On July 29, 2019 a Los Angeles federal court jury held, in a unanimous verdict, that Katy Perry was liable for copyright infringement for copying (for her 2013 hit song “Dark Horse”) the underlying beat to a 2008 Christian rap song, “Joyful Noise,” by Marcus Grey.
The creator of the beat, Chike Ojukwu, and Emanuel Lambert, who co-wrote the song, were also plaintiffs. In addition, Perry’s music producer, Dr. Luke and three other defendants were held liable.
The case was “Bifurcated,” meaning the liability phase of the case was decided first and then the second phase to determine damages was decided. This sometimes happens in litigation since if there is no liability, there is no need to determine damages.
One of the primary defenses was that “Joyful Noise” was a somewhat obscure song and defendants had never even heard it before they were sued by the plaintiffs. Both Perry and Dr. Luke testified that was, in fact, the case. Plaintiffs contended that “Joyful Noise” appeared on an album that had been nominated for a Grammy award for best rock or rap gospel album, and therefore defendants could easily have heard it before.
Another failed defense was that “Joyful Noise” was itself a “derivative work” under copyright law and, consequently, plaintiffs could not have a legitimate copyright infringement claim to the beat.
Plaintiff Grey also made a somewhat unusual argument that his reputation as a Christian artist was damaged by the “anti-Christian witchcraft, paganism, black magic and Illuminati imagery evoked by ‘Dark Horse,’ especially in the music video version.”
Perry’s attorneys argued that the slight similarity between “Dark Horse” and basic musical patterns of “Joyful Noise” were not entitled to protection under copyright law.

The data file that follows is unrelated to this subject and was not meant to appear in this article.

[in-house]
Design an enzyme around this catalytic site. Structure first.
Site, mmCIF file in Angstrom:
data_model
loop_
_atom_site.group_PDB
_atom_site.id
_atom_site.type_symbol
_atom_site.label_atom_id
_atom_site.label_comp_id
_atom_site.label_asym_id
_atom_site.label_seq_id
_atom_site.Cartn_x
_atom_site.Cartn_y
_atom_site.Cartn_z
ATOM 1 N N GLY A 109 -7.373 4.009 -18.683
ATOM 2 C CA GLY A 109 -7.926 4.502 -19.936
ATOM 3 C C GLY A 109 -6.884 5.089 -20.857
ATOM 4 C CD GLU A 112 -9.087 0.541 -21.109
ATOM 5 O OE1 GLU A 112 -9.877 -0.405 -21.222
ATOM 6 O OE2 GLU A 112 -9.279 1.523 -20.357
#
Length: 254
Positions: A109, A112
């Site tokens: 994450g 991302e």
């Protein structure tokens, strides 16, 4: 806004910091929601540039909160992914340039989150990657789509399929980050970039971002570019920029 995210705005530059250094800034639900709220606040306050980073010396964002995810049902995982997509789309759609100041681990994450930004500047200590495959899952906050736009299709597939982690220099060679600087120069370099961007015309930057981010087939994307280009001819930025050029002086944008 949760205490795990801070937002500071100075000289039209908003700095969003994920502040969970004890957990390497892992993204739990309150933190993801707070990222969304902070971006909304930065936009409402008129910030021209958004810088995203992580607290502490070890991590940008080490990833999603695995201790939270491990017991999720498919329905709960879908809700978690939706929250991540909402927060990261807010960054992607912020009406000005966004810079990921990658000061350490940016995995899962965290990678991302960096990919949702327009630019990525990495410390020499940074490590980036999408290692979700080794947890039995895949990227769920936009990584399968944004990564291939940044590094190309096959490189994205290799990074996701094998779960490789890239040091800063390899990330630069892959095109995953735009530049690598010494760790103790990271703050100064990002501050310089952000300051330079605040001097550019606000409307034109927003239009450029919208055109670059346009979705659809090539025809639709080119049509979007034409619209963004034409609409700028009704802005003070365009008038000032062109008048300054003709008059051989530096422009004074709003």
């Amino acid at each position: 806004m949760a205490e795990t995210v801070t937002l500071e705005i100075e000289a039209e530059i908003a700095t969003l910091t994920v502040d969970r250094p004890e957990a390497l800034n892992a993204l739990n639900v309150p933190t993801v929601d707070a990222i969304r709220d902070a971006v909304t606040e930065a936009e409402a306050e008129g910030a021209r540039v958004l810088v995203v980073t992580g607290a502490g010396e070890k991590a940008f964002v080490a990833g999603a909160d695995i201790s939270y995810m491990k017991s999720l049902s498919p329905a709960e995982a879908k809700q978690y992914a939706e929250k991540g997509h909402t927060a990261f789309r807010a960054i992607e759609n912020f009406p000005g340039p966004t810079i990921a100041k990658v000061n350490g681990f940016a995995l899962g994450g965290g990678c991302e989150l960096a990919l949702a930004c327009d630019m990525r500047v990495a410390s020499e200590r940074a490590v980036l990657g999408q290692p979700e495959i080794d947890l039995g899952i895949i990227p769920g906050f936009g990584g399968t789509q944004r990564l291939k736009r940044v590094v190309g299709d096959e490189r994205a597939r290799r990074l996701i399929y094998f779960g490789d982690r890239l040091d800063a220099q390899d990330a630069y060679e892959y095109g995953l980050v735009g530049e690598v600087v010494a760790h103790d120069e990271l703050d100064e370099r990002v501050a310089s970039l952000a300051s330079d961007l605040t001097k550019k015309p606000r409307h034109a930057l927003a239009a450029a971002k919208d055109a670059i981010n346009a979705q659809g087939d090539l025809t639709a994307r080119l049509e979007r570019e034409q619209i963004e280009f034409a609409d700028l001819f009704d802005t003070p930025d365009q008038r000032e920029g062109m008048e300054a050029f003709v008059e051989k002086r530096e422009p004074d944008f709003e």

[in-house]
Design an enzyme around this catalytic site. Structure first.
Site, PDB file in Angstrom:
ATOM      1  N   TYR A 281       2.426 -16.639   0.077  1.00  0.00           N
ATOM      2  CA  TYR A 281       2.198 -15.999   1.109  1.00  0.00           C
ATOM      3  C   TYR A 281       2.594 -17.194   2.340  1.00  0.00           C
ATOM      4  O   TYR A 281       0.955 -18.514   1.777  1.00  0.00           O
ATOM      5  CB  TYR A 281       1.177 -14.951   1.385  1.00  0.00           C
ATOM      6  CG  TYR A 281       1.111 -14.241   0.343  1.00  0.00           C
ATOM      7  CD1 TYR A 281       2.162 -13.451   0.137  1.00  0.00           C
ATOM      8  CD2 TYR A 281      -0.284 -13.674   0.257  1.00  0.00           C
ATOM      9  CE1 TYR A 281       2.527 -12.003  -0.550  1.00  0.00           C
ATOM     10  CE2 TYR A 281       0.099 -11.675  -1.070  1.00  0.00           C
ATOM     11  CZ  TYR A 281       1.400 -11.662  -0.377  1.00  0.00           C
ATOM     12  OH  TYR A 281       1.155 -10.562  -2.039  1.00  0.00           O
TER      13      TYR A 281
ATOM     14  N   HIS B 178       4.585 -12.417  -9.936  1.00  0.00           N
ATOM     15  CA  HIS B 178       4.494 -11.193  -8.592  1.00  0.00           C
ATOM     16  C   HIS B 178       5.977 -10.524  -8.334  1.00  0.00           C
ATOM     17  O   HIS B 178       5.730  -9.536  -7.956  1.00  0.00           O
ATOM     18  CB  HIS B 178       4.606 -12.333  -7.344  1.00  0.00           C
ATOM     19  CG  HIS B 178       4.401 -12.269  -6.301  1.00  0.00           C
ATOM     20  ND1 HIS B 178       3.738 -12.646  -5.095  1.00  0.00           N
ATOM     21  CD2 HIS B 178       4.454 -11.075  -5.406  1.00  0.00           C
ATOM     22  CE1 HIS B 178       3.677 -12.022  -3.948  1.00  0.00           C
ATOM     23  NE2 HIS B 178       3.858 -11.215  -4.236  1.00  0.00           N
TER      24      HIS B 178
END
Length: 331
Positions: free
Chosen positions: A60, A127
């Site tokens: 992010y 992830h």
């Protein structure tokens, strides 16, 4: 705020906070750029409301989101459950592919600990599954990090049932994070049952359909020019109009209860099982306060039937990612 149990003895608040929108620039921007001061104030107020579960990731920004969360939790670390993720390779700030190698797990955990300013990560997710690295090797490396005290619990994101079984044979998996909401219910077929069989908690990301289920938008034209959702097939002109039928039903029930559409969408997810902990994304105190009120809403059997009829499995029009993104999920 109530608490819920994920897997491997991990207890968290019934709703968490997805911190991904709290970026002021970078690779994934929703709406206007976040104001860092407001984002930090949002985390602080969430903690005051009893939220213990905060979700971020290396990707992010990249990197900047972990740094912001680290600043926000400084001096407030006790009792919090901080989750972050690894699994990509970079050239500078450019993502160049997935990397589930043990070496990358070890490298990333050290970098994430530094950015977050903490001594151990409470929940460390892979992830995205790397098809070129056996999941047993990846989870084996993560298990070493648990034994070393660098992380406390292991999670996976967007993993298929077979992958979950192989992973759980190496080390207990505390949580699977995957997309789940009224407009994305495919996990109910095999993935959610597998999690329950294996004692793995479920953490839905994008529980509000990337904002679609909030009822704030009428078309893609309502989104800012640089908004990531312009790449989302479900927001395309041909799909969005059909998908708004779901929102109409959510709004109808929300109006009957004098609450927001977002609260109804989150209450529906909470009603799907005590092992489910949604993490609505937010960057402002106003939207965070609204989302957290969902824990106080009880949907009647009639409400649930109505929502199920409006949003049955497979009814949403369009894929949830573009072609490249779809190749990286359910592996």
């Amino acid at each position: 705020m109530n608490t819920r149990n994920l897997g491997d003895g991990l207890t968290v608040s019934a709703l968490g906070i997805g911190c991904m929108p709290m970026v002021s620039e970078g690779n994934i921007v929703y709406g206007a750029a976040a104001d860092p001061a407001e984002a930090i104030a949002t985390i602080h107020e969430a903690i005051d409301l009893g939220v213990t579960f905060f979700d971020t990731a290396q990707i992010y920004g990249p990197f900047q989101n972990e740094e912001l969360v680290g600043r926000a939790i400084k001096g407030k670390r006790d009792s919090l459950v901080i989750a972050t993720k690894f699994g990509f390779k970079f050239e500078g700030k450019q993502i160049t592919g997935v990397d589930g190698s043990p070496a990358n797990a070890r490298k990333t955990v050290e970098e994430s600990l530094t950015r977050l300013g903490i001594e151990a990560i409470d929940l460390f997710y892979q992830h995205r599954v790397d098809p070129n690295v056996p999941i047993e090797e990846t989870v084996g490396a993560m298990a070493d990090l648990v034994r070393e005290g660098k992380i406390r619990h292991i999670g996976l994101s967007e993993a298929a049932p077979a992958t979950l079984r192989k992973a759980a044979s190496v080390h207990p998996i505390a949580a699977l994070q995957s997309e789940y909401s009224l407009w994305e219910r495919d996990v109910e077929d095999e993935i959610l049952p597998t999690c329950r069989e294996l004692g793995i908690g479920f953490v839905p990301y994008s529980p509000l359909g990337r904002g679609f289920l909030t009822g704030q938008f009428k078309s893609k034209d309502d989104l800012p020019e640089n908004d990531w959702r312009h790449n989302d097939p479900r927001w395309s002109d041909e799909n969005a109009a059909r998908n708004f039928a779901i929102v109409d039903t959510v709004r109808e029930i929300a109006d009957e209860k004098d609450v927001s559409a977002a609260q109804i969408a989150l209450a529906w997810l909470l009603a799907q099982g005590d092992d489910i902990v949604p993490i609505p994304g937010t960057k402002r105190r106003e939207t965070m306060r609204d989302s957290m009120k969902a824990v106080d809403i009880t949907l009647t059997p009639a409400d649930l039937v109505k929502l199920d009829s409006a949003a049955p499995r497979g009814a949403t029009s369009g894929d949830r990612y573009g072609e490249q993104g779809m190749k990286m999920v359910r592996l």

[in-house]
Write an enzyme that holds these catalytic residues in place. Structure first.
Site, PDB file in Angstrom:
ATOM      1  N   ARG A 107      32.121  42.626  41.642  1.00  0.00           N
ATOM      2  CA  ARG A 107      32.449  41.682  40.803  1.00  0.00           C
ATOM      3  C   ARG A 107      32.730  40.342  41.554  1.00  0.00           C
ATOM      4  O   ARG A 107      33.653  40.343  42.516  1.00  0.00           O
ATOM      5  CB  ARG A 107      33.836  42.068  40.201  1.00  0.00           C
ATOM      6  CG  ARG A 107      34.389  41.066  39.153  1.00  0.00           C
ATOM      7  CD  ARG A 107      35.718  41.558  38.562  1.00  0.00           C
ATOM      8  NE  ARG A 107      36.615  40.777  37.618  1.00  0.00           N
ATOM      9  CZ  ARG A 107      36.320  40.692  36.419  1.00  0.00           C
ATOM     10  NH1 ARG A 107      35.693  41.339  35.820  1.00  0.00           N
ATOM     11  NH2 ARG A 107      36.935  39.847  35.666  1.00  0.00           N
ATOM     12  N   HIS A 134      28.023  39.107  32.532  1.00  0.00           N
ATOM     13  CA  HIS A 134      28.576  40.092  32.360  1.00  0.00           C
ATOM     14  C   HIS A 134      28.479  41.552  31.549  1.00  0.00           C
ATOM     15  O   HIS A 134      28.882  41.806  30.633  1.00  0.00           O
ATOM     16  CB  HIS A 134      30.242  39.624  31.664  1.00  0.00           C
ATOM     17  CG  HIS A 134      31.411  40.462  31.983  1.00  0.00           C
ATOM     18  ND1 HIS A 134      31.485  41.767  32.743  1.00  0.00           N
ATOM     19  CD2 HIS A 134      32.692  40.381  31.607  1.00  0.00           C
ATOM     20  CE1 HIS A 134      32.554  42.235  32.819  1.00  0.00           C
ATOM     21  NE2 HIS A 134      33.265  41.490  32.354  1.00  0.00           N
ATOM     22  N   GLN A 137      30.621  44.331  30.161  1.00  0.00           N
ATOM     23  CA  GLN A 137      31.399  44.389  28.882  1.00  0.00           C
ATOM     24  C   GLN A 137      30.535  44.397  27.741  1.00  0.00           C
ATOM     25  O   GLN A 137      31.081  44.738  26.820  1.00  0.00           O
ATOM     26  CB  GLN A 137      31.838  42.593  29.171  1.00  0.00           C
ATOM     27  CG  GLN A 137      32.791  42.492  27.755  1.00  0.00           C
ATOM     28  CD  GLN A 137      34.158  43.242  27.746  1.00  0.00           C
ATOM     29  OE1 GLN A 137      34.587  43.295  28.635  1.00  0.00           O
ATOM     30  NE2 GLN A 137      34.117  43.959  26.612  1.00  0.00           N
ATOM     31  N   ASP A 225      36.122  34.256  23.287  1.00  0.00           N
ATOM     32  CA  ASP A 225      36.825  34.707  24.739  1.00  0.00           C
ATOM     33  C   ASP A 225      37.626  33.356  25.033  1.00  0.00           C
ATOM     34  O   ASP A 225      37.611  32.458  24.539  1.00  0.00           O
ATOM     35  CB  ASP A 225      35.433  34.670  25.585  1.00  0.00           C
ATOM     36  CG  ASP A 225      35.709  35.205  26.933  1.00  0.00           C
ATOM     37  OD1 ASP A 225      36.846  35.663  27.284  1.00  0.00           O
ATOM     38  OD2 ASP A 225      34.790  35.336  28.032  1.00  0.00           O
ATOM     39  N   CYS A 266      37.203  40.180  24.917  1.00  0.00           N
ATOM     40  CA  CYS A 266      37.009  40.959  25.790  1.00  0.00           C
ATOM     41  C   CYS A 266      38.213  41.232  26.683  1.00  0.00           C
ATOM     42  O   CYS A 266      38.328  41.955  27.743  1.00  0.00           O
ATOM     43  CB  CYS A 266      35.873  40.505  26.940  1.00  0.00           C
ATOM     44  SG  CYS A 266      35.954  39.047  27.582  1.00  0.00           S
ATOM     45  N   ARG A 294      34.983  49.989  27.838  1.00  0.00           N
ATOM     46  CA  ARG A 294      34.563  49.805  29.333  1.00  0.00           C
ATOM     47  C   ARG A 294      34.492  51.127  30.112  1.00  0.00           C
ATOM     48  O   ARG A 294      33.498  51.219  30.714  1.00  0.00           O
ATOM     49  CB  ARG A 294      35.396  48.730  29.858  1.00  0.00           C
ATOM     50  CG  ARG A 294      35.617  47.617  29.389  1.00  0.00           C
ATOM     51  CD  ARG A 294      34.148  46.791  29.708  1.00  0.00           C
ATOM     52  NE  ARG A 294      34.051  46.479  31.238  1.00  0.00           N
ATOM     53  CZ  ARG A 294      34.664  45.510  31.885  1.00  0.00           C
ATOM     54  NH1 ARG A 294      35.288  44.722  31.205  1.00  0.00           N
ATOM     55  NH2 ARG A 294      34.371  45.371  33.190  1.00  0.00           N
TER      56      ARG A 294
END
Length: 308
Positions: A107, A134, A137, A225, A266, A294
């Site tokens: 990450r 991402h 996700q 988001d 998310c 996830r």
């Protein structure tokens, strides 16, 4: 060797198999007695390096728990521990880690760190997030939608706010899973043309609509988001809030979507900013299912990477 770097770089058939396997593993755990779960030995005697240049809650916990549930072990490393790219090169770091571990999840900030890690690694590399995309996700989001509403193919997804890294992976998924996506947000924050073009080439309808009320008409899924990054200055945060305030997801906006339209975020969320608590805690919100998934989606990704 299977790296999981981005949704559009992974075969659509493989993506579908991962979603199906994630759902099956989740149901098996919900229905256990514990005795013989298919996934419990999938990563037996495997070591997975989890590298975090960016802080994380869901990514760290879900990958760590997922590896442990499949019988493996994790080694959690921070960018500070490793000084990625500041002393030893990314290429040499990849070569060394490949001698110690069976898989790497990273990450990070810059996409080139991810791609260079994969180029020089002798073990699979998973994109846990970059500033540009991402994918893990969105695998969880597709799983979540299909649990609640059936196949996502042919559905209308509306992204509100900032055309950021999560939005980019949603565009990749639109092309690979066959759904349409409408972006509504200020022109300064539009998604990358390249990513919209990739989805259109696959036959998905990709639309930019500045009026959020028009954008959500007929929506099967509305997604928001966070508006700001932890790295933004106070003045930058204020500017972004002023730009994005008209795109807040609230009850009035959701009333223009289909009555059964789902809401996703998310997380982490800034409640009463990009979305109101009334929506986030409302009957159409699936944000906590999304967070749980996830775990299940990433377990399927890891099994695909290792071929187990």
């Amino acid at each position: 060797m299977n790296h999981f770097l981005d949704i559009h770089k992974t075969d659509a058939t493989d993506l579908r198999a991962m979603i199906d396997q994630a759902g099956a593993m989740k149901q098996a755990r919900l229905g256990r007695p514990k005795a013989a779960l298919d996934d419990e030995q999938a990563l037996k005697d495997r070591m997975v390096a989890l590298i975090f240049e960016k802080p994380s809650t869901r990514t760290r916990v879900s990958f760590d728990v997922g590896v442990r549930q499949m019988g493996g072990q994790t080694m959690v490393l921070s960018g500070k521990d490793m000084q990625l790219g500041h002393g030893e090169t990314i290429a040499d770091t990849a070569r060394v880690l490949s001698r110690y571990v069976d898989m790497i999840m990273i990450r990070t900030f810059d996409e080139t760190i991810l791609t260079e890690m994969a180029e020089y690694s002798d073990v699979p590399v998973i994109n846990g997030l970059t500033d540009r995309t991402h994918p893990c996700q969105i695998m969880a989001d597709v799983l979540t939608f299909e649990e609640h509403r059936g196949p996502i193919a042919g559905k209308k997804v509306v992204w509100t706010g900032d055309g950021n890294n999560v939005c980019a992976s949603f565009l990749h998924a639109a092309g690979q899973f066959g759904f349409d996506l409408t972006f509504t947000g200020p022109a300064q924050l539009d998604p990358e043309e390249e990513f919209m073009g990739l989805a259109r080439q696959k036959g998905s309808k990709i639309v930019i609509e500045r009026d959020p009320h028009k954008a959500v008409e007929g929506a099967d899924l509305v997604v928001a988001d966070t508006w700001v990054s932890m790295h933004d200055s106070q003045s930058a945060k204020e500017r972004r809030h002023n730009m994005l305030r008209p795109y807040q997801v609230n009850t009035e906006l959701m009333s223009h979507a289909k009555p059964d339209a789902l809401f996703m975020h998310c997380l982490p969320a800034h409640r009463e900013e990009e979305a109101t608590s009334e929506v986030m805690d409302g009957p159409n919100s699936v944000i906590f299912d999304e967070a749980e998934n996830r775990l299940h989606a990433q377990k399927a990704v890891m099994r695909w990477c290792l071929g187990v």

Finally, defendants argued that in the beginning of her career, Perry was a Christian pop artist and her parents were pastors. Therefore, she was likely to have heard “Joyful Noise.”
Of course, defendants have the right to appeal the verdict.
Most copyright infringement cases settle without a trial. When there is a trial it is often a battle of experts. Both plaintiffs and defendants had expert witnesses in the Perry case that came to opposite conclusions regarding whether there was copyright infringement. In these types of cases the parties hire a musicologist who may be, for instance, a music professor at a prestigious university.
Many in the music industry are concerned about this verdict as well as the 2015 verdict in the “Blurred Lines” case where Robin Thicke and Pharrell Williams were held liable for copying Marvin Gaye’s “Got to Give it Up.” They worry this verdict may encourage others to file copyright infringement cases where the alleged song infringed by the defendant has little in common with the plaintiff’s song. One problem in these types of copyright cases is that most juries are not well-versed in music theory or the intricacies of copyright law, making these claims very unpredictable.
GLENN LITWAK is a veteran entertainment attorney based in Santa Monica, CA. He has represented platinum selling recording artists, Grammy winning music producers, hit songwriters, management and production companies, music publishers and independent record labels. Glenn is also a frequent speaker at music industry conferences around the country, such as South by Southwest and the Billboard Music in Film and TV Conference. Email Litwak at firstname.lastname@example.org or visit glennlitwak.com.
This article is a very brief overview of the subject matter and does not constitute legal advice.